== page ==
If you are speculating that your dog might be suffering from kennel cough, keep your dog isolated from all the other animals in the house to limit the spread of infection.
What is the incubation period of kennel cough?
Usually, the incubation period of this disease ranges from 2 to 14 days. During this time your dog is likely to spread the infection, thus, it is advised to keep your dog away from other dogs. However, it has been observed that in some cases, dogs can stay as carriers for several months without exhibiting the symptoms of kennel cough.
How long does the disease last?
It has been observed that kennel cough usually clears up within a span of two to three weeks. At times, it can take up to six weeks to clear up. This is mostly observed in the case of older dogs or dogs who are suffering from pre-existing medical conditions.
In extremely rare and severe cases, the illness can progress to become pneumonia. Thus, keep an eye on your dog and immediately contact your veterinarian if your dog’s condition is not improving.
What is the treatment of kennel cough?
Kennel cough has been observed to usually go away on its own. In most cases, it clears up within a span of three weeks and does not require any treatment. While suffering from kennel cough, if your dog is otherwise eating well and displays his or her normal behavior, then you have nothing to worry about. You can use home remedies to keep your dog more comfortable and reduce the discomfort of kennel cough. This includes keeping your dog in a humid area and avoid using the collar on your dog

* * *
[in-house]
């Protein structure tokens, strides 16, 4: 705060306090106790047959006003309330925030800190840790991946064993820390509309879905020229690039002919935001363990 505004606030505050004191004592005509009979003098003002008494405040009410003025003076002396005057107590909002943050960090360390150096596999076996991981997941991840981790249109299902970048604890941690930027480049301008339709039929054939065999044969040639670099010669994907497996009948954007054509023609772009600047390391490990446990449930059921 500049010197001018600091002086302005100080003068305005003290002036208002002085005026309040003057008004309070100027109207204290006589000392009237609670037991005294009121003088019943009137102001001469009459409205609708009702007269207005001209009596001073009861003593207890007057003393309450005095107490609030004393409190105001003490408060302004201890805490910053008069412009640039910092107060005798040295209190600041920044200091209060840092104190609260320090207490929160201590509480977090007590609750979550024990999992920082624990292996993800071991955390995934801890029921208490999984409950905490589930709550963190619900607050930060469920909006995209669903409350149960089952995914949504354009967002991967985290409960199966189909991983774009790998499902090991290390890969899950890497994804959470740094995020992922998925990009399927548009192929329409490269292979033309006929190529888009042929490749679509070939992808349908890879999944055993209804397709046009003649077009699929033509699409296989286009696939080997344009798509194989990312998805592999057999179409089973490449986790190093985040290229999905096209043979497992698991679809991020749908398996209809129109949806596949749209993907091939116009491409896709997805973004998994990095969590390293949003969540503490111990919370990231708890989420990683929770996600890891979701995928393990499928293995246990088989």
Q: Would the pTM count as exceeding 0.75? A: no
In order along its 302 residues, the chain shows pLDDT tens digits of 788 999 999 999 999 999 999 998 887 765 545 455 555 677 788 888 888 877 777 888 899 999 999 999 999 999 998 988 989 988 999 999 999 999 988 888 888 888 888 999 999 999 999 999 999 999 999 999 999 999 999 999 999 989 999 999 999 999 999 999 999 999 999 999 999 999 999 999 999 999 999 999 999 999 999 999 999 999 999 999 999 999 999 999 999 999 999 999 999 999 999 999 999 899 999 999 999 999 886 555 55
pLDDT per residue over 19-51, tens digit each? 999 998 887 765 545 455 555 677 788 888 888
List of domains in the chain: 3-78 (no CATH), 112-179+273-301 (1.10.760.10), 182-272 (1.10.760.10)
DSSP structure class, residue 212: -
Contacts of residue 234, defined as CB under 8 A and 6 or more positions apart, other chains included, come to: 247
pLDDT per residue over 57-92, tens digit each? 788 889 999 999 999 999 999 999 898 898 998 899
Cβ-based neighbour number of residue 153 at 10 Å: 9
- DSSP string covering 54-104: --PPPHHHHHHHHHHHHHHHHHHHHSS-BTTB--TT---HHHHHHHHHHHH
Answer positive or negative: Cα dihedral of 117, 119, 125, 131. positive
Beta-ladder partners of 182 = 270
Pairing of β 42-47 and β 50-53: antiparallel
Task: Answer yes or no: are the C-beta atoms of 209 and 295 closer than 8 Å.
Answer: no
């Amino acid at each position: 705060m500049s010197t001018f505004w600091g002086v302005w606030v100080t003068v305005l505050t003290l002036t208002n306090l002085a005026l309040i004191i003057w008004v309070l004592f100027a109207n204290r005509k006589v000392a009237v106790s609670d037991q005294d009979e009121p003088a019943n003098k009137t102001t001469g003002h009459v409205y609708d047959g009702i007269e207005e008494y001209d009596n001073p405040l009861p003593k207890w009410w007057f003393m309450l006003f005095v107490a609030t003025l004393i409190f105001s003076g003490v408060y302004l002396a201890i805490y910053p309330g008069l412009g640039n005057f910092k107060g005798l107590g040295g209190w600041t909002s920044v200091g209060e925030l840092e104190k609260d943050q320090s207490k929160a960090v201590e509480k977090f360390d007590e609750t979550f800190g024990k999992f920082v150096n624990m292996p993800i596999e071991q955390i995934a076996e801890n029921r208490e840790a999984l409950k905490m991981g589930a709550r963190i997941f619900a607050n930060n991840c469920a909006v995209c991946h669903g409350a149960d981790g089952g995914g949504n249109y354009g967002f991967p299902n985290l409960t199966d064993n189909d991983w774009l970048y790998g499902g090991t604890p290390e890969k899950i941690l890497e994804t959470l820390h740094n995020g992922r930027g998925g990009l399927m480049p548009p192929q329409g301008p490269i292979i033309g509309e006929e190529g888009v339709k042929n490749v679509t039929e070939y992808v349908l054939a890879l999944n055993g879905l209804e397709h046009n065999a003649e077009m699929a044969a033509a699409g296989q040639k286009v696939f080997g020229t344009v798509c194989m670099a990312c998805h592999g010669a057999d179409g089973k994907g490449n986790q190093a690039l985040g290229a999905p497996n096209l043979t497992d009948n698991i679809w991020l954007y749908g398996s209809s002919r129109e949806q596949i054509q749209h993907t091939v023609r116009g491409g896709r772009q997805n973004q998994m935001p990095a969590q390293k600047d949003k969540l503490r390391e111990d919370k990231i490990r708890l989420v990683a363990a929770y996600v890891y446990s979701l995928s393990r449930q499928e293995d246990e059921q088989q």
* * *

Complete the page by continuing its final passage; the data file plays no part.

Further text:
If you want to pay your vet a visit, it is advised to call your vet beforehand so that when you take your dog in, the contact of your dog with other animals at the vet clinic can be strictly avoided. The vet might prescribe antibiotics to target the Bordetella. They can also prescribe an anti-inflammatory or an anti-cough medicine to soothe your dog’s sore throat.
Check out these amazing home remedies for Kennel cough in dogs
Is there a vaccine available for kennel cough?
Generally, puppy and booster vaccinations include antibodies against some of the viruses which can cause kennel cough. These viruses mostly include canine distemper, canine adenovirus, canine parainfluenza virus, and canine influenza virus. There are vaccines available which are specific against Bordetella. These vaccines are generally administered as either as an injection or a nasal spray. However, since Kennel cough includes a wide range of bacterial strains, one vaccine against kennel cough cannot guarantee complete protection for your dog.
Can kennel cough be transmitted to humans?
Even though most of the canine viruses do not get transmitted to humans, Bordetella bronchiseptica has the ability to infect humans. However, this is rarely observed and mainly infects people who have a weakened immune system. Such cases have been observed to be very few and should not be a concern for most of the dog guardians.
Has your or your acquaintance's dog ever suffered from kennel cough? Is there any advice you have for other dog guardians about the same? Please share your experiences in the comment section below. If you wish to share your stories as part of my blog post, make sure to contact me on one of my social media channels and subscribe to this blog